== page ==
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Module TWO in our Grow A Great Garden Without Trying series is here!  Six minutes of imported dirt talk, plus a pretty awesome permaculture trick at the end so you don’t have to water so much this year.  When you get to the publisher website, enter the webinar area on the right hand side.



{ 3 comments… read them below or add one }

1 Rachael May 2, 2012

Hi, I was wondering if you could help me with something. I used your “trick” of using rotting wood in my new raised garden bed. Theres one thing that concerns me and I think it may be too late since I’ve already planted. On our property we had some really old, deteriorating, and rotting railroad ties and I used them. I didn’t even know that’s what they were until I started looking into landscape timber for my raised beds. But now I’m reading about all kinds of chemicals and poisons that could be leaked out from the RR ties… And it kills me knowing it might decompose into my soil- soil I spent a pretty penny on. Any advice or words of comfort- hopefully would be appreciated!!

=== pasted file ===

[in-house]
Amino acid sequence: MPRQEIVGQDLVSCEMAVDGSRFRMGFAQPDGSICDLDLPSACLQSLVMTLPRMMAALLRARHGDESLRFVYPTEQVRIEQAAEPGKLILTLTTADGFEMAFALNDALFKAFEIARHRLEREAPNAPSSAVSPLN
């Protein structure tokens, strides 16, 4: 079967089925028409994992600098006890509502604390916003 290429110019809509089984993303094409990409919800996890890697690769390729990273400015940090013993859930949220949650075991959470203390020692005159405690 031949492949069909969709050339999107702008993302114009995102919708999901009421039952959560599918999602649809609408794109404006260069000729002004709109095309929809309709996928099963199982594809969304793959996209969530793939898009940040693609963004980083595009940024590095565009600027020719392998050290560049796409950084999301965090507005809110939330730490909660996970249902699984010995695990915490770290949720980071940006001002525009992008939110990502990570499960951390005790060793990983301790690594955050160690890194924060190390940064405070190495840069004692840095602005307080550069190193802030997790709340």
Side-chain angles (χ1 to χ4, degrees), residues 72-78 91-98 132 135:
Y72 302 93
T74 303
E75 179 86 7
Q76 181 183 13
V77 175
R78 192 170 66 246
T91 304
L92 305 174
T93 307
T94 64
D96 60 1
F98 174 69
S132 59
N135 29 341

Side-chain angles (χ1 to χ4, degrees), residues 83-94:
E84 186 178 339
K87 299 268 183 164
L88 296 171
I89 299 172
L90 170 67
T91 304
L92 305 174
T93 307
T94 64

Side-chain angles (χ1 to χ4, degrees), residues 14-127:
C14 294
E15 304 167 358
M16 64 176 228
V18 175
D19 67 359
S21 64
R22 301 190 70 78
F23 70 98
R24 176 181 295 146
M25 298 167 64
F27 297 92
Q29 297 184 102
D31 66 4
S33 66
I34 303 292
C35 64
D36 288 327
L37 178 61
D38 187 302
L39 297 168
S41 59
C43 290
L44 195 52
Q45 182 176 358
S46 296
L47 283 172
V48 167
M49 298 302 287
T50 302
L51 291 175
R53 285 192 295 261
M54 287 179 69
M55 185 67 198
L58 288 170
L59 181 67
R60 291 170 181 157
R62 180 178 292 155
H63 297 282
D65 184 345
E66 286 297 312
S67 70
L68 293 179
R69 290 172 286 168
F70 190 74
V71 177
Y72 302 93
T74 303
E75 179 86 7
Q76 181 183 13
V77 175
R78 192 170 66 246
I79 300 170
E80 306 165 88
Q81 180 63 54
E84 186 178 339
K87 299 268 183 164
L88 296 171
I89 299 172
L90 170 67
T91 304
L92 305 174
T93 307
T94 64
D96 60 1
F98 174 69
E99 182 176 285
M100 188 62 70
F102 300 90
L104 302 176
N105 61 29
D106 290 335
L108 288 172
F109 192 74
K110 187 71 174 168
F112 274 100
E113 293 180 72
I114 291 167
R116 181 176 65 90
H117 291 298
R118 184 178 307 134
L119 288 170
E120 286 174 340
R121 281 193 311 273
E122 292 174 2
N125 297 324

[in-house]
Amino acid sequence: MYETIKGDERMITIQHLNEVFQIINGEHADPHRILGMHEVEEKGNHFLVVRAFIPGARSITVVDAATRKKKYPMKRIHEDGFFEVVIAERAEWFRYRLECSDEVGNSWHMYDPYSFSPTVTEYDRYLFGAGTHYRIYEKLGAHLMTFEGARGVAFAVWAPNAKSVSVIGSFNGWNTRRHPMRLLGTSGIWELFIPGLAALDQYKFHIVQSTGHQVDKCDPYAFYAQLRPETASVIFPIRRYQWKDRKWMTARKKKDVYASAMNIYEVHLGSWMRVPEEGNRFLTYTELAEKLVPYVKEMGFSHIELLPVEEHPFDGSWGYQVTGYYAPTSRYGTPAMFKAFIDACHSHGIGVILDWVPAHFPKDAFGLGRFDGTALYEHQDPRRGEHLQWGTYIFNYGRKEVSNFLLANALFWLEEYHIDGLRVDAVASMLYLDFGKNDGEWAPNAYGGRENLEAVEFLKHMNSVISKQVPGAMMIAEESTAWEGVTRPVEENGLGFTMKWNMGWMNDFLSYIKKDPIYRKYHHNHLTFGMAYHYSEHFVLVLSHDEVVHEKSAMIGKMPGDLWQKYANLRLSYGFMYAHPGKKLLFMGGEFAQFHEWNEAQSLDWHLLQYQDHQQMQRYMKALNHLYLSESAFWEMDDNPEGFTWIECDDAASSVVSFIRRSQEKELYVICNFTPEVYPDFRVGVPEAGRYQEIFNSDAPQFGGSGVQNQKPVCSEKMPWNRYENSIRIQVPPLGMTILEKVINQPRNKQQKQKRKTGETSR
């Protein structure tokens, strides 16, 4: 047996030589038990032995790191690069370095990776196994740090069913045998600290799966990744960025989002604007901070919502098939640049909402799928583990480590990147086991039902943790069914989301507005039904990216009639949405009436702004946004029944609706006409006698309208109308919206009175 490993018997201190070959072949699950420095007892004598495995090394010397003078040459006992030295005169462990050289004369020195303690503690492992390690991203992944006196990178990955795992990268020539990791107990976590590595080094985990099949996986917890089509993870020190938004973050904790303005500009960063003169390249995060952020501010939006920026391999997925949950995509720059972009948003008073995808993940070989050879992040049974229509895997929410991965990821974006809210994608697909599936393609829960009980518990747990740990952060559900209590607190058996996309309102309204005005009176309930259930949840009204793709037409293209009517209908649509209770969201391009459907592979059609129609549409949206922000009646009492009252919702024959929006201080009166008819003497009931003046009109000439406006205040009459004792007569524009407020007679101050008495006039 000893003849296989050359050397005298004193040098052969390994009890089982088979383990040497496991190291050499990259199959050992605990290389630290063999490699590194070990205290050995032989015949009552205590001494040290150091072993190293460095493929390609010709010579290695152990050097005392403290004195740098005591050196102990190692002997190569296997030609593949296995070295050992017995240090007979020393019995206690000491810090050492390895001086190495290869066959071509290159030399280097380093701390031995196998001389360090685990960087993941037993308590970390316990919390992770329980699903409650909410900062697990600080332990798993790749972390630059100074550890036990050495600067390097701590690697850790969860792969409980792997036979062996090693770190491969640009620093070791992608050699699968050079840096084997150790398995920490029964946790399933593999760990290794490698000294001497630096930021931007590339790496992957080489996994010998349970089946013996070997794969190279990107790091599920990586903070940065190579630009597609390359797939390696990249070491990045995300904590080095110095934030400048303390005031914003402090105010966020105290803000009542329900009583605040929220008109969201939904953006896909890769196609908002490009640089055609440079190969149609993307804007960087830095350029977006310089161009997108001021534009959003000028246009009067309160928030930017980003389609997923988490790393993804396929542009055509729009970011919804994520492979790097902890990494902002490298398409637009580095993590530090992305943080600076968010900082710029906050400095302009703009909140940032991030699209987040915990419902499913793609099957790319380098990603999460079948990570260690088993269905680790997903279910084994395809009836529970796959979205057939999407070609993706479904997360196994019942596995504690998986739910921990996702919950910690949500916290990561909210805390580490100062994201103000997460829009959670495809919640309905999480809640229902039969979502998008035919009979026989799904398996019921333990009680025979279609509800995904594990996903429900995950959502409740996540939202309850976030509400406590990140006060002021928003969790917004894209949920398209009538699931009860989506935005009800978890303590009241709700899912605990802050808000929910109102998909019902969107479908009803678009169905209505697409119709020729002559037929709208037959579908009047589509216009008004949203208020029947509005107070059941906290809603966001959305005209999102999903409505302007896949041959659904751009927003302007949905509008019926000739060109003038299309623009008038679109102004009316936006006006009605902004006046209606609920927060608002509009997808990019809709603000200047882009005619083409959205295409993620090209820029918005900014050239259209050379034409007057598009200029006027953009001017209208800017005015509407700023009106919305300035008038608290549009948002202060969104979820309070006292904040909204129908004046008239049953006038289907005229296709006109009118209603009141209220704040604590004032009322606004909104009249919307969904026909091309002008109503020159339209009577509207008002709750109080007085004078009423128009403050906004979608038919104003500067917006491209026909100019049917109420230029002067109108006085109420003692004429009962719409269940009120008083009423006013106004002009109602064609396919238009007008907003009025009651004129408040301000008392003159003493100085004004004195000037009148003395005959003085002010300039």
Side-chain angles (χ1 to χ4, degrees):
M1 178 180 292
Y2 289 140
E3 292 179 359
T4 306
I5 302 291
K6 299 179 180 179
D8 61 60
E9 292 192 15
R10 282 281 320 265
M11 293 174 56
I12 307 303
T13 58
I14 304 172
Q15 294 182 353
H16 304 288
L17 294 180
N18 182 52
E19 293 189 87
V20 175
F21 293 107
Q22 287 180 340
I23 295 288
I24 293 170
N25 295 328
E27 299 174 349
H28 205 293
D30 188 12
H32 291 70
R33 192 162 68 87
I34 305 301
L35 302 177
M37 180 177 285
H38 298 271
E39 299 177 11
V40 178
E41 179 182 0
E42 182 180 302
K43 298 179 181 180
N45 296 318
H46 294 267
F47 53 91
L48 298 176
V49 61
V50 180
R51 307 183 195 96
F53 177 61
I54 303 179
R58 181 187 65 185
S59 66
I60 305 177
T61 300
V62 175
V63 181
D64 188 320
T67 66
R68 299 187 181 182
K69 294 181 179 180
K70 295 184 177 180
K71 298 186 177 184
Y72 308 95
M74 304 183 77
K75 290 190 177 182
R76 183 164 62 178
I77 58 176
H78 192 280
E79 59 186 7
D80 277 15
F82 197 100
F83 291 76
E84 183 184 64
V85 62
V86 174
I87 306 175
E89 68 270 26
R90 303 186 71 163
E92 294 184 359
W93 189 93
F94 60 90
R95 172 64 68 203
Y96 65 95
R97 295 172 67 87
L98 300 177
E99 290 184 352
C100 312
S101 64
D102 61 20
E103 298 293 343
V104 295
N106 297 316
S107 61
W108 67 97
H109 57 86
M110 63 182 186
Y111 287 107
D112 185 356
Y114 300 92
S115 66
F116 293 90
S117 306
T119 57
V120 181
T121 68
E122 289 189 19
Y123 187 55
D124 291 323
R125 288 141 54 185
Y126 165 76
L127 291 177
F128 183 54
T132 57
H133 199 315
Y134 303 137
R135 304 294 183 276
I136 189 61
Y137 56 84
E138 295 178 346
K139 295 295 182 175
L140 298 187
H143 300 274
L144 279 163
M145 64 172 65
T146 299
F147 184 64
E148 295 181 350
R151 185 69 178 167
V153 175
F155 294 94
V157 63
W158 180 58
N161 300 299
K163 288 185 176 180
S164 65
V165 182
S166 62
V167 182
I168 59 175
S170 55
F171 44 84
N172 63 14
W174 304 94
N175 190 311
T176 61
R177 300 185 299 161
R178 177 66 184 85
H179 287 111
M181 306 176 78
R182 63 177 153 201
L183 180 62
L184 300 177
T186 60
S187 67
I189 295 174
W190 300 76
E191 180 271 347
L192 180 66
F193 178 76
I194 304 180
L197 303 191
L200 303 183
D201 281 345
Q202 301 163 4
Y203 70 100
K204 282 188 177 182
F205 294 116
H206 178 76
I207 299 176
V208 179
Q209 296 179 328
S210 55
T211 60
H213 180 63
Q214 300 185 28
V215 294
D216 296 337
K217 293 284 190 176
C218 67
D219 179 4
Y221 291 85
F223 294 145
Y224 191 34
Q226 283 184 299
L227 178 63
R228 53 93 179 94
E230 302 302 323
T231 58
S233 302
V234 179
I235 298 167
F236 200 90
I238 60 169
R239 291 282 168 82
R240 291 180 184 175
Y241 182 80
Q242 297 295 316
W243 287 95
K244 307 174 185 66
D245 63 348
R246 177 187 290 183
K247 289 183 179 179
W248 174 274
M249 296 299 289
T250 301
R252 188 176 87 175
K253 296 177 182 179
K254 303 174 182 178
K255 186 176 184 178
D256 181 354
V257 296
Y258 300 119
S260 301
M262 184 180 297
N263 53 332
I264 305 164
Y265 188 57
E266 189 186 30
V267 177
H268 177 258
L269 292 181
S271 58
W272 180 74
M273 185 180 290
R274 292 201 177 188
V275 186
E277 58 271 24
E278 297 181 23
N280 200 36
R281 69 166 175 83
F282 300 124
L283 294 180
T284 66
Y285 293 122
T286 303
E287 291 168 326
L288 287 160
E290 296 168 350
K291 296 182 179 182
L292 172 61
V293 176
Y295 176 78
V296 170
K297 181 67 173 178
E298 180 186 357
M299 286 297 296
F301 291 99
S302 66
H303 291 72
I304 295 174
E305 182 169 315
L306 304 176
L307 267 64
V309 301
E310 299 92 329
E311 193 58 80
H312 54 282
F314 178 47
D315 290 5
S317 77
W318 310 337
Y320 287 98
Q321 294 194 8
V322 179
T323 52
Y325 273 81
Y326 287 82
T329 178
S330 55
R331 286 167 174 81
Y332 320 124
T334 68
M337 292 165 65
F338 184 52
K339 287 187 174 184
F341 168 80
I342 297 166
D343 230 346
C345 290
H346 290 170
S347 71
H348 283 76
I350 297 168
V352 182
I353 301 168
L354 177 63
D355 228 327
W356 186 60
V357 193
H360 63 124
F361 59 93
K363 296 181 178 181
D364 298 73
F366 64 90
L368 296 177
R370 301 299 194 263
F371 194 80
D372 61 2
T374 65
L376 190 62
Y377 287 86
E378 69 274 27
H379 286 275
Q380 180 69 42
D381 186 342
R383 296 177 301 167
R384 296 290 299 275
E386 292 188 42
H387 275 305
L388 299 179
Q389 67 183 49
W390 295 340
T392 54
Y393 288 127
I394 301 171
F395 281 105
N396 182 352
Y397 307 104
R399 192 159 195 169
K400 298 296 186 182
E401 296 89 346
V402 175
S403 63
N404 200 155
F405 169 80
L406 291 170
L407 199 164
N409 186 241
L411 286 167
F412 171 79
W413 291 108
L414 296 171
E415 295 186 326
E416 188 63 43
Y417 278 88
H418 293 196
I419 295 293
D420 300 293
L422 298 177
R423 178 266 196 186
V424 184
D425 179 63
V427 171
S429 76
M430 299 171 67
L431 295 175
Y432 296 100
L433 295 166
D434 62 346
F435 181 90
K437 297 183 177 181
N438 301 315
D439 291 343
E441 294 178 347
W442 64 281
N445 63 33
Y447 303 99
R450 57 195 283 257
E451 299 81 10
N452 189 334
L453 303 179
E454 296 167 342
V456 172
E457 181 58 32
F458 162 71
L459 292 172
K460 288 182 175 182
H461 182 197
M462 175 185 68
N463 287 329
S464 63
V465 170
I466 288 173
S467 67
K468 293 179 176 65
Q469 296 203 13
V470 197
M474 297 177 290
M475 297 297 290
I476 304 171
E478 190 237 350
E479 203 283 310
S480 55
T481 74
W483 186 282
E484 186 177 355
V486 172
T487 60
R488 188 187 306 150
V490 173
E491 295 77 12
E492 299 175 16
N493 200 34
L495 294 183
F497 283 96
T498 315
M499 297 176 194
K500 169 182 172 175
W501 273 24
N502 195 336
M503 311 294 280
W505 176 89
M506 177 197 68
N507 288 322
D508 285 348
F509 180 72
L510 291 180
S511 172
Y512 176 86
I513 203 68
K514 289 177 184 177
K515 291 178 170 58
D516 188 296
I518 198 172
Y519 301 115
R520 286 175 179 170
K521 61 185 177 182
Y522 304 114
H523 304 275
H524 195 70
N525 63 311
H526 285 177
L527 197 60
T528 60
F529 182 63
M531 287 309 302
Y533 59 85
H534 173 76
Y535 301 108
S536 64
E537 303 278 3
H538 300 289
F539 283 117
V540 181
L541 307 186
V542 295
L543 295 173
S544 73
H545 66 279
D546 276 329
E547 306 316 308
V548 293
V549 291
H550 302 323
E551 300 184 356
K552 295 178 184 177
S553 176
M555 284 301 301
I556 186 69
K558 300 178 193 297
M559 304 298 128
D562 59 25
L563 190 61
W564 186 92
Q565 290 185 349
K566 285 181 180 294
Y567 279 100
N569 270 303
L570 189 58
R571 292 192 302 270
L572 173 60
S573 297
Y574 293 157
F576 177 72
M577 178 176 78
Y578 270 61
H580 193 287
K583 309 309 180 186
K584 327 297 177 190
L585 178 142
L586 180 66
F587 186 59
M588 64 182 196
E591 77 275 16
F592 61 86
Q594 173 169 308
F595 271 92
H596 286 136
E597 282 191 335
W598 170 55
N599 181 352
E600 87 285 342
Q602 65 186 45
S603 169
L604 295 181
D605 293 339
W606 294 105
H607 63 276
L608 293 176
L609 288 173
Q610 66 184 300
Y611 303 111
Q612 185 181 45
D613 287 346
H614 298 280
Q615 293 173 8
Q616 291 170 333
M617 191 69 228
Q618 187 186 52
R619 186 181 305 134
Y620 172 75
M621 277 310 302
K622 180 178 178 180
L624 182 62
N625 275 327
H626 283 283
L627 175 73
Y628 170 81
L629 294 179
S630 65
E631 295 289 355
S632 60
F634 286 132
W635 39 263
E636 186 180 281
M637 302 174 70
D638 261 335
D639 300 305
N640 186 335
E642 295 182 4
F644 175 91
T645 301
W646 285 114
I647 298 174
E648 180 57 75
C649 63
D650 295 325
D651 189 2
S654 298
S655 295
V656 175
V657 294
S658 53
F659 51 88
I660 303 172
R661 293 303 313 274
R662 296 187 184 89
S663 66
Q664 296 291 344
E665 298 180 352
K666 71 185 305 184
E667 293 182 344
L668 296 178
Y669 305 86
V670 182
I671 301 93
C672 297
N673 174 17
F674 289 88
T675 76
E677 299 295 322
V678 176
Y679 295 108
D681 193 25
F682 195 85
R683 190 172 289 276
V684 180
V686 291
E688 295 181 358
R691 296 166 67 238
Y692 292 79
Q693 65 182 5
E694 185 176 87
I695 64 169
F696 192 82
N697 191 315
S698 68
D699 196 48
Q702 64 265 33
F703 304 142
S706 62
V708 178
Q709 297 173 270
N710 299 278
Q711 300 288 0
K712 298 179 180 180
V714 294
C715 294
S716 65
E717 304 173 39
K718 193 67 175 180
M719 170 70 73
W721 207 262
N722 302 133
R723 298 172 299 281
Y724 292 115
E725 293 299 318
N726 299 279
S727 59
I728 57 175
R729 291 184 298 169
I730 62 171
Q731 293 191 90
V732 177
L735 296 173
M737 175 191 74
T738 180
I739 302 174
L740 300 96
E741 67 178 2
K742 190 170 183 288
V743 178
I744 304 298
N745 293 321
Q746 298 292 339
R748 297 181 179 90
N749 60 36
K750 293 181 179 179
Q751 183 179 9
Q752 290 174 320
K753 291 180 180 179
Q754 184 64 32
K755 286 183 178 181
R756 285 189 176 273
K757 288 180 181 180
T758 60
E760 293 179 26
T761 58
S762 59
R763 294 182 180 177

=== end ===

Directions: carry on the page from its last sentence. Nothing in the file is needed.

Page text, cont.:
2 Daisy May 2, 2012

Rachael–I’ll look into it. Do you mean you used the “hugelkultur” method? I wouldn’t be recommending using rr ties, I know that much, but I’ll have to see if I can find anything that goes to the issue of how long that stuff stays yuck. (Don’t get your hopes up I fear). The other thing might be if they are buried deep enough, and you planted shallow-rooted plants it might not matter too much.

3 Daisy May 2, 2012

OK, Rachael, as I suspected, lots of general info about the dangers of creosote and little specific data about your particular situation. All I can tell you is that if you grow edibles above the ties, remember that root vegetables will absorb the most from the soil around it, leafy vegetables next, and the least amount of absorption will be in the fruits of plants grown there, like tomatoes or peppers, etc. So, if you leave the ties in, plant non-edibles or something you eat only the fruit of. No carrots or potatoes. Sorry, and good luck!

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